Sharon Shoesmith ups the stakes

Anyone who thought Sharon Shoesmith was going to go quietly was seriously mistaken. She is throwing everything she can at Haringey council and Ed Balls. As well as an unfair dismissal claim and a judicial review, she has added an allegation of sexual discrimination for good measure. I must confess that my mum saw this one coming before I did. She raised the discrimination question back in December when Haringey appointed Peter Lewis to Sharon Shoesmith’s old job on 50% more pay.

On the face of it, I can’t see this aspect of Ms Shoesmith’s case succeeding. From what has been reported, there is no obvious evidence of gender discrimination in her dismissal. Nevertheless, a sex discrimination claim raises the stakes. There is no cap on compensation in cases of illegal discrimination, so her claim increases the potential award. One should never make predictions but I will be surprised if the sex discrimination claim succeeds and I will be equally surprised if the claim for unfair dismissal fails.

Will Haringey council settle out of court? I don’t see how they can. They must have known when they dismissed Sharon Shoesmith that they were on shaky ground. The decision not to pay her compensation was taken to avoid the negative publicity. To settle out of court now would draw savage attacks from the press and make the original rapid dismissal pointless.

I reckon this one will go to court and possibly to several appeal stages. In the process, the whole sorry saga will be dragged out into the open. More criticism will be thrown at Sharon Shoesmith but she’s had so much of it that it probably can’t do much more damage. Those with most to lose are the government, especially Ed Balls, and Haringey council.

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4 Responses to Sharon Shoesmith ups the stakes

  1. Rick,
    Can you explain to us non-HR people where is the logic in loss of employment claims under RRA or SDA legislation being unlimited, but unfair dismissal claims being limited? I can see the equalities legislation cover much more than just dismissal cases, so there might well be a strong case for not putting arbitrary limits on general claims – but I can’t see why cases of the same nature should be subject to different levels of remedy under different bits of legislation.

    Mind you, I also think the unfair dismissal limit would be much more sensibly expressed as a multiple of annual salary subject to a certain minimum than the current situation as well.

  2. Rick says:

    Charlie, thanks for opening up this can of worms.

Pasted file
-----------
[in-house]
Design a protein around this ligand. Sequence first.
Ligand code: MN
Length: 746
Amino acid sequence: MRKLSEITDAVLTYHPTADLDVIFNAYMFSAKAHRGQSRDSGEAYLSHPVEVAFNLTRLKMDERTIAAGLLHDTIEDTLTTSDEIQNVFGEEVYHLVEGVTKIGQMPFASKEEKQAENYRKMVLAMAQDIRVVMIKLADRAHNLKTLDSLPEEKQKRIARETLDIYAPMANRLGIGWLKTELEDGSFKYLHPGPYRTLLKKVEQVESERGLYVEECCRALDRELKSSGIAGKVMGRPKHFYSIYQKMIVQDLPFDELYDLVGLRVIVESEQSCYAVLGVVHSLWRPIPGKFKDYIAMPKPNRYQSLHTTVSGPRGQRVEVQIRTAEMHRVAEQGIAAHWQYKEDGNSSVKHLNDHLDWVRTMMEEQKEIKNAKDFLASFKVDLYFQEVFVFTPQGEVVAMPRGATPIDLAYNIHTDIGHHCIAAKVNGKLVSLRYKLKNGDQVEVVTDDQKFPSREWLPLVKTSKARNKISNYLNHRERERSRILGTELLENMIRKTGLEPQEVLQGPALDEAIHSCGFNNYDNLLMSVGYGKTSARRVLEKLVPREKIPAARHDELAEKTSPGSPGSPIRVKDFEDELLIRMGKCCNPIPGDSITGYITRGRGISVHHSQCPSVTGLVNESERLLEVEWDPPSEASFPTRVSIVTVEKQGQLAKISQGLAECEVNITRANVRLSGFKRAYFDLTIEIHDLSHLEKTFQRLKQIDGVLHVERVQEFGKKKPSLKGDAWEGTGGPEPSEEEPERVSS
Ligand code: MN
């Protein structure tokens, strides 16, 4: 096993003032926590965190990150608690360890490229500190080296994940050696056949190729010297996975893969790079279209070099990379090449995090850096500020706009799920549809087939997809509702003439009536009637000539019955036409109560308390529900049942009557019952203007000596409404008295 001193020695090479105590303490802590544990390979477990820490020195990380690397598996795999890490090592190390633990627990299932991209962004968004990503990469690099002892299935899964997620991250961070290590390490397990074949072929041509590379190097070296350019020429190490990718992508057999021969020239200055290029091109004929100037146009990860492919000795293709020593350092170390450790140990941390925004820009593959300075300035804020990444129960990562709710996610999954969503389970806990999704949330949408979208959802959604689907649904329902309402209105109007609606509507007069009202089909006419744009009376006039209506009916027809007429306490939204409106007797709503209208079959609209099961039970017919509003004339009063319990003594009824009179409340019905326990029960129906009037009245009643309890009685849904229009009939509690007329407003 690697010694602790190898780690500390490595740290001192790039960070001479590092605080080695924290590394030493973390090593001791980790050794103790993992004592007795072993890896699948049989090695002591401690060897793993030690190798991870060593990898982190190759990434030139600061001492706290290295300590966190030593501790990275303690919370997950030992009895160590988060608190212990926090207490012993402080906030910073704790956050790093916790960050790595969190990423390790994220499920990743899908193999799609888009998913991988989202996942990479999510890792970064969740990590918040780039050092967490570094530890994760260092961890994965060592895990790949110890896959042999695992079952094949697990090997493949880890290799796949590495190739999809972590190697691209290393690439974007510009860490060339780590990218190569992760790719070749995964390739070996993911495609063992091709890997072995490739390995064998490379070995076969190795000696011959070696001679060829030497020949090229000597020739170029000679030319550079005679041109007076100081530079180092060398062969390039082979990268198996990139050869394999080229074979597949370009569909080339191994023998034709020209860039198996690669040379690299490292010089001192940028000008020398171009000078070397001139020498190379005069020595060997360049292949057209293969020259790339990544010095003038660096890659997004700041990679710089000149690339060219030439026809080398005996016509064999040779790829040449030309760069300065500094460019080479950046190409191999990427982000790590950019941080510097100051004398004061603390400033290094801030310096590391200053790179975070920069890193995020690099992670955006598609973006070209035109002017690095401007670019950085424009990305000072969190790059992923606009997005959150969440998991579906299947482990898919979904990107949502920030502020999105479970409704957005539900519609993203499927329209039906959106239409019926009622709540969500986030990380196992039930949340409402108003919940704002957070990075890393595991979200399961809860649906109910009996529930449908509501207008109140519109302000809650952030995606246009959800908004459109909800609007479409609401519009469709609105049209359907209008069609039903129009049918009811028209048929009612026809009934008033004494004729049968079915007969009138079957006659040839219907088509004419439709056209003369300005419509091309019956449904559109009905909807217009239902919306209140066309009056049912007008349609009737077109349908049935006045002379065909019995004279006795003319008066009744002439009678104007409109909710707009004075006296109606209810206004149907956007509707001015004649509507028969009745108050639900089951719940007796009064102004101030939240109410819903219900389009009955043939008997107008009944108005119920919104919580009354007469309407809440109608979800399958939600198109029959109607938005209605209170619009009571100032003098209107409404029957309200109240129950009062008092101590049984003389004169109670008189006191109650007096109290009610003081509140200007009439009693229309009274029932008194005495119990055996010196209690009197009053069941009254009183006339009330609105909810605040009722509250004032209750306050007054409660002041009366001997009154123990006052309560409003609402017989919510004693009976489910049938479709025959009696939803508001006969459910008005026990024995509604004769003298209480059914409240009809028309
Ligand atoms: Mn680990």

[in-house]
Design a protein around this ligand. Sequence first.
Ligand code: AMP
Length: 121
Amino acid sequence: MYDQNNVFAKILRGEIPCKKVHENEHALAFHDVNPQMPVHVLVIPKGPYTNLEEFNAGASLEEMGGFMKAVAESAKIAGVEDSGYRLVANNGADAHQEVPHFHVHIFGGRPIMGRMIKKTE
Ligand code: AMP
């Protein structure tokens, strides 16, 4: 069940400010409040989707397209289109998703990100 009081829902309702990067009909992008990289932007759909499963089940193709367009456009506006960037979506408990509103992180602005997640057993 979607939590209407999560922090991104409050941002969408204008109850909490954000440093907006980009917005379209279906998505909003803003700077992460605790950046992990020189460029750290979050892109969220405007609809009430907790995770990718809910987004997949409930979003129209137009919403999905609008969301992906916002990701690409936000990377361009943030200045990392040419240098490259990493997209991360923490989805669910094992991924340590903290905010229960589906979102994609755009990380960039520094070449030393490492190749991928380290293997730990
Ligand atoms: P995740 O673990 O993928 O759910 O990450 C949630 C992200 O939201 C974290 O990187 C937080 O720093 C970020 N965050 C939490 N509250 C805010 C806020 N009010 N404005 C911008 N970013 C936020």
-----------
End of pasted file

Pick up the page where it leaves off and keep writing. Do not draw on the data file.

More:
As I understand it, and you will probably relate to this as I think we’re about the same age, it goes back to the left-wing view of the world in the 1970s when this legislation was framed. It was as much about righting past wrongs as ensuring fairness in the workplace. Companies were dominated by racist and sexist white men who had oppressed women and black people for years, therefore they needed to be made to pay double or more if they discriminated on the grounds of race or sex. Or so the story went.

    At least, that is how it was explained to me when I asked the same question.

    It means that if your boss takes against you because you are ugly, fat or northern, for example, (and I’m at risk on all three counts) you can only claim up to the limit. If he takes against you because you are black or female (or, indeed, white or male) you can claim unlimited damages.

    Personally, I think this is all a bit outdated. I think our employment legislation needs an overhaul. I’d favour replacing some of these laws with a general law against bullying or victimisation on whatever grounds. That said, I haven’t really thought through the detail so that suggestion, too, might be full of potential pitfalls.

  3. Well, we’ve seen the various Equality bodies merged into the Human Rights and Equalities Commission so there is some logic in your suggestion.

    But, then again, I don’t think maximum payout for unfair dismissal per se should be so low: by setting it at such a level it actively encourages people to go for a discrimination based case.

  4. Wolfie says:

    Suffice to say Charlie even the very word “unfair” is a tautological minefield that could bog a legal case down for months or even years.

    It remains however a necessity for an employer to be able to legally remove an employee should they fail to perform to an agreed standard for the healthy function of society. It is becoming yet clearer that the current legislation is out-dated when Haringey council find themselves in a pincer movement between public opinion and the law. Then again, this government have elevated “trial by tabloid” into an art form, just sometimes they can’t control the consequences.

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